OPEN-ECONOMY MARKET: Existing Arguments for NIT


To a considerable extent, the case for NIT as developed in the early 1980s grew naturally from a perception that the then-prominent strategy of monetary aggregate targeting could be improved upon. Large and unpredictable changes in payments industry technology and regulatory practices had led to well-publicized instability in the short-run relationships between monetary aggregates, such as Ml, and nominal GDP (as well as other measures of aggregate nominal spending).

In addition, several economists held the belief that a policy that smoothed out fluctuations in nominal GDP would be more effective in stabilizing real output and employment than a policy that smoothed the path of a monetary aggregate. These ideas were put forth in papers by Meade (1978), Tobin (1980), Hall (1984), Gordon (1985), Taylor (1985), and McCallum (1985) read only.

At about the same time, papers by Bean (1983) and Aizenman and Frenkel (1986) developed analytical results suggesting that NIT would be superior to other targeting schemes in terms of the implied automatic policy responses to shocks of particular types. Root-mean-square (RMS) deviations of macroeconomic aggregates relative to desired values would be smaller, that is, according to small analytical models in which such magnitudes could be calculated precisely. More recently, this line of work has been extended by Frankel and Chinn (1995) and Ratti (1997).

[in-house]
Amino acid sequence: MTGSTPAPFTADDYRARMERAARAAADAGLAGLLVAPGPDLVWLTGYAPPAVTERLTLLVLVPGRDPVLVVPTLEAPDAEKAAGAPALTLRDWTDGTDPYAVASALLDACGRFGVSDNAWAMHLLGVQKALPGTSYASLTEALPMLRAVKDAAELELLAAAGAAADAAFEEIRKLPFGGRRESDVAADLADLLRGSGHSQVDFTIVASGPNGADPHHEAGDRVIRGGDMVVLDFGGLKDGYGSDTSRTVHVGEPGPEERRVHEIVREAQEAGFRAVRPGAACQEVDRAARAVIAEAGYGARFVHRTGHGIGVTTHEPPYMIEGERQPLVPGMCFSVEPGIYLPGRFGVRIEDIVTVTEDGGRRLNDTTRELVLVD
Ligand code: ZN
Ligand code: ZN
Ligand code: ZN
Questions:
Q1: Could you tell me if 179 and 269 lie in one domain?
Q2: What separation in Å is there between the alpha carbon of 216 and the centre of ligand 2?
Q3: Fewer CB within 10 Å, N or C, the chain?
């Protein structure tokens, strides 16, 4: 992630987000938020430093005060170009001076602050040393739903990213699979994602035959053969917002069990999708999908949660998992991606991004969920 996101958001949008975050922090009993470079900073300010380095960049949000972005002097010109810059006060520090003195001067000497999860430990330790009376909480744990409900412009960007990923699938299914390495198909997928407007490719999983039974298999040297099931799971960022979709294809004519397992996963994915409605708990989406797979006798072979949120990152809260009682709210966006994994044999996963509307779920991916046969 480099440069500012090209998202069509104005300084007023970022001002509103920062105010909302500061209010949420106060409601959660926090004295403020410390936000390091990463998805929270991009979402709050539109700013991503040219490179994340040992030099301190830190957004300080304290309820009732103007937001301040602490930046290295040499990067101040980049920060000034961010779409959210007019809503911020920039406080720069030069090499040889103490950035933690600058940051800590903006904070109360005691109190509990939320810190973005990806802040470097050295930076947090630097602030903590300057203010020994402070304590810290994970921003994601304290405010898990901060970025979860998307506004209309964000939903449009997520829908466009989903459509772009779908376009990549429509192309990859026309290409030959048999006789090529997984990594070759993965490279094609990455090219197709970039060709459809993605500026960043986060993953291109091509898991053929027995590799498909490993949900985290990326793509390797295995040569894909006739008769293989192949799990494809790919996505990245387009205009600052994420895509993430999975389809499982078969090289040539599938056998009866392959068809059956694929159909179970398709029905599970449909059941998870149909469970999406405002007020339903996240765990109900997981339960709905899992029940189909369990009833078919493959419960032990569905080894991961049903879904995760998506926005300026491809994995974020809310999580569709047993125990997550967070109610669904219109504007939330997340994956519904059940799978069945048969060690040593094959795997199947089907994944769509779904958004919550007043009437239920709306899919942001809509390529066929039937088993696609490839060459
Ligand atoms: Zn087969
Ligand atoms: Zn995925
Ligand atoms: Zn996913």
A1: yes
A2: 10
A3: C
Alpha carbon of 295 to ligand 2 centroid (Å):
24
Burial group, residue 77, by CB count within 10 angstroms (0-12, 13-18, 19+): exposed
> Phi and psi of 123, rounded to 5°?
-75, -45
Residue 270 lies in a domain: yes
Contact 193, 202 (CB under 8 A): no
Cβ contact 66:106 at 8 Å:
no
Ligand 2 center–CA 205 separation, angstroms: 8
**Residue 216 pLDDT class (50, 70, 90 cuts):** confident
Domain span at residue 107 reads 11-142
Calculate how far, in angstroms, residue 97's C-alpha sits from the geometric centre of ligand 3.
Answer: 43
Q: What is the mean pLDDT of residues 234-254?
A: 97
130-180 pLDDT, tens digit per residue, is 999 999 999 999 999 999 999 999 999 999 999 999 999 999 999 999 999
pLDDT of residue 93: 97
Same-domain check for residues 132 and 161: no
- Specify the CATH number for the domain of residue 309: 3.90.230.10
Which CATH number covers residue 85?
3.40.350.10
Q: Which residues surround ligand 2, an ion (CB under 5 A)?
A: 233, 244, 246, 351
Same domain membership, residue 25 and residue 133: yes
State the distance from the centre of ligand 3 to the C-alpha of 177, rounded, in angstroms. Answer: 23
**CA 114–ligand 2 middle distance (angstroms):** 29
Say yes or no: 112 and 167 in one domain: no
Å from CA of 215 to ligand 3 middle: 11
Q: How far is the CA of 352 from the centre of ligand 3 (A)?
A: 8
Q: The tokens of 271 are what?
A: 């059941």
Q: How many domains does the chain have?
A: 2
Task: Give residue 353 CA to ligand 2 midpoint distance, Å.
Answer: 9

It has been shown by various authors, including West (1986) and Henderson and McKibbin (1993), however, that claims for the theoretical superiority of NIT have been overstated in some of these studies as a consequence of the non-robustness of results to details of model construction, including the failure to take account of some types of shocks. Other notable recent contributions include Feldstein and Stock (1994), Hall and Mankiw (1994), and Cecchetti (1995).

The criterion of robustness to model specification has been a prominent element in the NIT discussions of McCallum (1988, 1993, 1997b). The argument in this work has been that keeping nominal GDP, or some other measure of nominal spending, close to a target path that grows smoothly, at a rate equal to the long-run average rate of growth of real output plus a desired inflation rate, would result in an average inflation rate close to the desired value and perhaps in reduced fluctuations of real output and employment

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